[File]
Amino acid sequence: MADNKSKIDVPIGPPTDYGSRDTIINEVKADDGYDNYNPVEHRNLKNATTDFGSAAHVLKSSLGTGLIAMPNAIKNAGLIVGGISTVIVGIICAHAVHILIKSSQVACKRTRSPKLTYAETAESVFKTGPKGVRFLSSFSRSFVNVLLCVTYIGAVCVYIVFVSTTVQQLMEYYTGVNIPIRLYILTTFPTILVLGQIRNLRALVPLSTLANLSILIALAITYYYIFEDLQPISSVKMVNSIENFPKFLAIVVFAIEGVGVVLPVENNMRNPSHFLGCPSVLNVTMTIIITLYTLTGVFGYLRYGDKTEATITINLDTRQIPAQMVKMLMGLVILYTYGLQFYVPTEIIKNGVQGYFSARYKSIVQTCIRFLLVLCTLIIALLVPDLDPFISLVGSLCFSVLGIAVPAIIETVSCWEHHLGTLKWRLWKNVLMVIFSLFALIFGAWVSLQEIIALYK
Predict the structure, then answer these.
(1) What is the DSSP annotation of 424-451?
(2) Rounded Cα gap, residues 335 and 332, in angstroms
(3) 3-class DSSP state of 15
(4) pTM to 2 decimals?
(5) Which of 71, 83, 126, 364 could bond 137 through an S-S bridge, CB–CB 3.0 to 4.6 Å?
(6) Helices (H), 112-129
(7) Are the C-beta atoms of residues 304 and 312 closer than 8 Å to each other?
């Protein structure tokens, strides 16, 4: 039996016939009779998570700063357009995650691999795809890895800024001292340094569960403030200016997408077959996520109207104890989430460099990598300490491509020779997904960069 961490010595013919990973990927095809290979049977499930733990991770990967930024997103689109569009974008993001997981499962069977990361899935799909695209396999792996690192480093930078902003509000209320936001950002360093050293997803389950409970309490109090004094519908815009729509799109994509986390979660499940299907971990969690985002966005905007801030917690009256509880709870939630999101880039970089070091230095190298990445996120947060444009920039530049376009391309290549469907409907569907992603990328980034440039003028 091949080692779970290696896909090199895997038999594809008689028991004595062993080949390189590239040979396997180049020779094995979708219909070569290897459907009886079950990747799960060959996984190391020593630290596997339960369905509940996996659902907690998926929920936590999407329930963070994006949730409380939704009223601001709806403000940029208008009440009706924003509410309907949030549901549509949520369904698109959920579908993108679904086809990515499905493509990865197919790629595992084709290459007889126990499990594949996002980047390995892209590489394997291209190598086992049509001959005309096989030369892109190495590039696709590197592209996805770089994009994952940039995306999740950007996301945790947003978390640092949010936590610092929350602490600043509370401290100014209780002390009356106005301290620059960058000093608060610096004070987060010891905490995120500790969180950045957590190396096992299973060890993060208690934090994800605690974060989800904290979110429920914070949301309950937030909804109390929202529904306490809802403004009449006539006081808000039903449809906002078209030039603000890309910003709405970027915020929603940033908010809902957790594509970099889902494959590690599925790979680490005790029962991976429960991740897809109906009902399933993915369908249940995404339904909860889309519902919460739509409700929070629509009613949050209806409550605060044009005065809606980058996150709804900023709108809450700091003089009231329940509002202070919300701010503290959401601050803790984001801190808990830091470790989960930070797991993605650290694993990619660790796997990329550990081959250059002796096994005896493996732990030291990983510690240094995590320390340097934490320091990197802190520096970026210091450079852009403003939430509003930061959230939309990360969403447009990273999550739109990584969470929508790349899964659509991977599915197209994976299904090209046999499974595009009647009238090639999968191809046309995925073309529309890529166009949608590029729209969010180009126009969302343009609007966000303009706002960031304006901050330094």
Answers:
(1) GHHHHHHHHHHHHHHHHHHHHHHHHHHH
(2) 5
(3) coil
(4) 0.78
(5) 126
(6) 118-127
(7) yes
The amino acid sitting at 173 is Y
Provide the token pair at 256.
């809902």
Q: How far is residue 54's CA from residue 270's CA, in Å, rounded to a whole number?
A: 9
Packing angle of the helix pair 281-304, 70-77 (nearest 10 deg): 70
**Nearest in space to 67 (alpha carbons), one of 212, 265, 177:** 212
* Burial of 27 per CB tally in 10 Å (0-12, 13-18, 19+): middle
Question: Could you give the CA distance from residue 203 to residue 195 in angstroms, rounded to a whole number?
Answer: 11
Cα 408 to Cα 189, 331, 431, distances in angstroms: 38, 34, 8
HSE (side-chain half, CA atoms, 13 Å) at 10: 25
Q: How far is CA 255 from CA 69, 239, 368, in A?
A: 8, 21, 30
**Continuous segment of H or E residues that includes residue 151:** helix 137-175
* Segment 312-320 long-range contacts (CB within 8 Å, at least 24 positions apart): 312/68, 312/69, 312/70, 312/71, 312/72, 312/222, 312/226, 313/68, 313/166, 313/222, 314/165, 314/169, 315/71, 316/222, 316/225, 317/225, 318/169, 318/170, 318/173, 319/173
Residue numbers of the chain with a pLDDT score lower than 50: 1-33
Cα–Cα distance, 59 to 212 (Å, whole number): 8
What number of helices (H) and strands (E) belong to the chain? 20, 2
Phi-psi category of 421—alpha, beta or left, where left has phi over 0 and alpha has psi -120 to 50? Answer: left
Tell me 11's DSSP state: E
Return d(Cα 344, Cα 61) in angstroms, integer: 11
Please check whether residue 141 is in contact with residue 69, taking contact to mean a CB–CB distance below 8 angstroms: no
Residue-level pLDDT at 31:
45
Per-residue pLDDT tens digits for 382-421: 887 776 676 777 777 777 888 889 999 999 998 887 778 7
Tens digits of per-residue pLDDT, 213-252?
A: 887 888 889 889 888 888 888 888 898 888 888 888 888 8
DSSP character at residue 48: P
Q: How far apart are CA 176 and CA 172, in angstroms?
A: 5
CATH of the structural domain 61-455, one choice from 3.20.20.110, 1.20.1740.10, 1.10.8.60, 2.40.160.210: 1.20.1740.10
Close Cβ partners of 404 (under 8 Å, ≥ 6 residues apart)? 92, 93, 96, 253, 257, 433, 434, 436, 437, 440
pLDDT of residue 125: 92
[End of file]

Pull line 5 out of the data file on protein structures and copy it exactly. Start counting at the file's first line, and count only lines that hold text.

(3) 3-class DSSP state of 15